9 Rated Books Book Reviews

Book Review: The Book of M by Peng Shepherd

Title:The Book of M

Author: Peng Shepherd

Genre: Fantasy, Horror, Post-Apocalypse/Dystopia

Publisher: William Morrow / Harper Voyager
Publication date: June 8 2018
Paperback: 485 pages

Set in a dangerous near future world, The Book of M tells the captivating story of a group of ordinary people caught in an extraordinary catastrophe who risk everything to save the ones they love. It is a sweeping debut that illuminates the power that memories have not only on the heart, but on the world itself.

One afternoon at an outdoor market in India, a man’s shadow disappears—an occurrence science cannot explain. He is only the first. The phenomenon spreads like a plague, and while those afflicted gain a strange new power, it comes at a horrible price: the loss of all their memories.

Ory and his wife Max have escaped the Forgetting so far by hiding in an abandoned hotel deep in the woods. Their new life feels almost normal, until one day Max’s shadow disappears too.

Knowing that the more she forgets, the more dangerous she will become to Ory, Max runs away. But Ory refuses to give up the time they have left together. Desperate to find Max before her memory disappears completely, he follows her trail across a perilous, unrecognizable world, braving the threat of roaming bandits, the call to a new war being waged on the ruins of the capital, and the rise of a sinister cult that worships the shadowless.

As they journey, each searches for answers: for Ory, about love, about survival, about hope; and for Max, about a new force growing in the south that may hold the cure.

Stand alone or series: Stand alone

How did I get this book: Bought

Format (e- or p-): Print

Review

If you lose all of your memory are you still you?

I read The Book of M months ago and have been sitting on this review since then because I didn’t know quite how to talk about it: how to describe it to start with, then how to organise my feelings and thoughts about the novel. On the former, I think I settled on Fantasy Post-Apocalyptic Horror as a good description of the genres it covers; as to the latter, I absolutely loved it. It feels like the most unique thing I have read of late, reminding me of the excitement I felt when I read The Three-Body Problem by Cixin Liu.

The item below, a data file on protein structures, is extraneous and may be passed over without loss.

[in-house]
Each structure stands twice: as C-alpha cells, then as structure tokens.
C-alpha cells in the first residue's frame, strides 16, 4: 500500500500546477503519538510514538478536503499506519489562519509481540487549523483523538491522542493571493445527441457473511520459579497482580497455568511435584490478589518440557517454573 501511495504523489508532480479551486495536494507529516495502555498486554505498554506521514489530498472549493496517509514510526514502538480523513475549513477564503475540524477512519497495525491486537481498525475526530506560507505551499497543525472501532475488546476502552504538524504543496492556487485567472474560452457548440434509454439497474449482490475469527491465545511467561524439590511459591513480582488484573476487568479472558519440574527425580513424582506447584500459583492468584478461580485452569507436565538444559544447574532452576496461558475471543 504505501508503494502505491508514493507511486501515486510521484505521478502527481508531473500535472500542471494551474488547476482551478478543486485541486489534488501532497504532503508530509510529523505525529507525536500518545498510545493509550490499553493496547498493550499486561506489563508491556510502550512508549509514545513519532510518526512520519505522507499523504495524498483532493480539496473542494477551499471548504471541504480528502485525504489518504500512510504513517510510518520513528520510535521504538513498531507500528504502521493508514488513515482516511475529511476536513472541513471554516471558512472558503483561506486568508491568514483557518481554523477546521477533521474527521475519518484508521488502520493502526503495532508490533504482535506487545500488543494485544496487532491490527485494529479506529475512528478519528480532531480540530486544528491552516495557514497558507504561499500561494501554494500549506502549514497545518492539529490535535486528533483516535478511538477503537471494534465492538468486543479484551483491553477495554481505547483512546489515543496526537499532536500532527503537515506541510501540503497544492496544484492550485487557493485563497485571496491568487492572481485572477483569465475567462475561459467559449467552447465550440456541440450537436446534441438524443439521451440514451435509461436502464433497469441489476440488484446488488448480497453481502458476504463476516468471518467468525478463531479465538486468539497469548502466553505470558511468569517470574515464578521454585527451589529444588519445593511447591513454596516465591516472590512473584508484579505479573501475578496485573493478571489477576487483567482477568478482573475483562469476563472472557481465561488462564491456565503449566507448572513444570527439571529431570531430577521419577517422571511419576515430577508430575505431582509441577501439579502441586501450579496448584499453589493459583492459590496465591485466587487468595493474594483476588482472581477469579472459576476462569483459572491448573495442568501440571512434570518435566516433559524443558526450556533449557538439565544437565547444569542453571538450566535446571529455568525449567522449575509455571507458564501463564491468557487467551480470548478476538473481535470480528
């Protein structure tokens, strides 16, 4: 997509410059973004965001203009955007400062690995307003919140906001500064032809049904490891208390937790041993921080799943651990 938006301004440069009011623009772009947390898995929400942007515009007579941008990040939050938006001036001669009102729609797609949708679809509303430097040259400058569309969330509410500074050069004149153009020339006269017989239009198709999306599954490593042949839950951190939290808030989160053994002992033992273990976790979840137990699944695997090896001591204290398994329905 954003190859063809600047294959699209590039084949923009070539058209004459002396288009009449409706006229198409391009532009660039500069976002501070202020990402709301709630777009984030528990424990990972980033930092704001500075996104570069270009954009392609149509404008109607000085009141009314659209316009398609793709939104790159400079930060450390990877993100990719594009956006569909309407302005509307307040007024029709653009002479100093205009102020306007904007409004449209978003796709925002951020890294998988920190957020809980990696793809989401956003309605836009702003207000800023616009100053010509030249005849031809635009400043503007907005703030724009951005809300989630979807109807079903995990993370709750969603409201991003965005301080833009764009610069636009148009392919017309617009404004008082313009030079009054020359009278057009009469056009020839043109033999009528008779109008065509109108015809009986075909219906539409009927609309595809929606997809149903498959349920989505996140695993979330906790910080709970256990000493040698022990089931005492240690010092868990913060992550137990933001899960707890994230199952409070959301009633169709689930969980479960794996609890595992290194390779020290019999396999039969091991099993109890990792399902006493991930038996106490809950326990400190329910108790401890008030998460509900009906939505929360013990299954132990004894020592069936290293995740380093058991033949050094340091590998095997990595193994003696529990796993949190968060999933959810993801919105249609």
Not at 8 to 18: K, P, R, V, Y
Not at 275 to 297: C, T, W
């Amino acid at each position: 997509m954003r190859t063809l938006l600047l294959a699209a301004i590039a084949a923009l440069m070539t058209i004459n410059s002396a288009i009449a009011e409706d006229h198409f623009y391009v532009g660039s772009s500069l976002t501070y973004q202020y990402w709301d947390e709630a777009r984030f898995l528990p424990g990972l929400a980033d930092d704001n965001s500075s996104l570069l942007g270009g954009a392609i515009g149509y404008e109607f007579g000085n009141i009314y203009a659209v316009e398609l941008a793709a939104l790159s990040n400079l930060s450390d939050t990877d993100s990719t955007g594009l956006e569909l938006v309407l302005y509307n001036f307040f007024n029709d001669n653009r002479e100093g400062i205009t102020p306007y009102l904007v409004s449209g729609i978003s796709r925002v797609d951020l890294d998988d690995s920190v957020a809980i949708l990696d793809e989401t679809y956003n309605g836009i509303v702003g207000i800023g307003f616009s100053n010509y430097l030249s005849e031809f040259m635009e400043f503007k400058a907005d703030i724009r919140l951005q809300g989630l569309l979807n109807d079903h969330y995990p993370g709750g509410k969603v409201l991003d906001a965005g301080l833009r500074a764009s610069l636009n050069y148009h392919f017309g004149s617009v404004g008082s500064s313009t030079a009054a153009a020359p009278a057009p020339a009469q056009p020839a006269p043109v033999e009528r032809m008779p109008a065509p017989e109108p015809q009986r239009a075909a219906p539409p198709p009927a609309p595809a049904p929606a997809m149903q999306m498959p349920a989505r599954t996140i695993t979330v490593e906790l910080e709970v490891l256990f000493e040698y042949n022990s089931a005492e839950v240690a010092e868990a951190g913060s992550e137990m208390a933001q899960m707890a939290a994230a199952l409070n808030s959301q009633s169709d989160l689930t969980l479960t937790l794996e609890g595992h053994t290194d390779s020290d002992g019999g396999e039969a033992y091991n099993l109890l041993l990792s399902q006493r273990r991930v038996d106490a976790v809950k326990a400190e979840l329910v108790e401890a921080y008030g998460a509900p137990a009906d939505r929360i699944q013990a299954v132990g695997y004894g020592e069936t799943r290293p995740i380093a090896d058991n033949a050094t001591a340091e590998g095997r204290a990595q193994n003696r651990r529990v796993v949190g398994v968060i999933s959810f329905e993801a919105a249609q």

How does it all start?

Well, with a real-life fact: have you heard of Zero Shadow Day? Zero Shadow Day is an astronomical phenomenon that happens in locations between the tropics of Cancer and Capricorn when, for a brief period of time, minutes really, those places are perfectly aligned with the sun and NOTHING HAS SHADOWS. Then, the Earth continues it rotation and the shadows return, life carries on.

The catastrophic events that take place in The Book of M start just after one of those Zero Shadow Days in India, when one man’s shadow never comes back. At first, this is seen as a trivial yet-interesting event. But then the man starts forgetting things. At first, he forgets about small, seemingly inconsequential stuff, then bigger and more impactful memories are gone, his address, his mother’s face, his own name. The day he forgets about the market where he is now living is the day things start to change: the whole market and the people on it disappear completely. Gone from reality.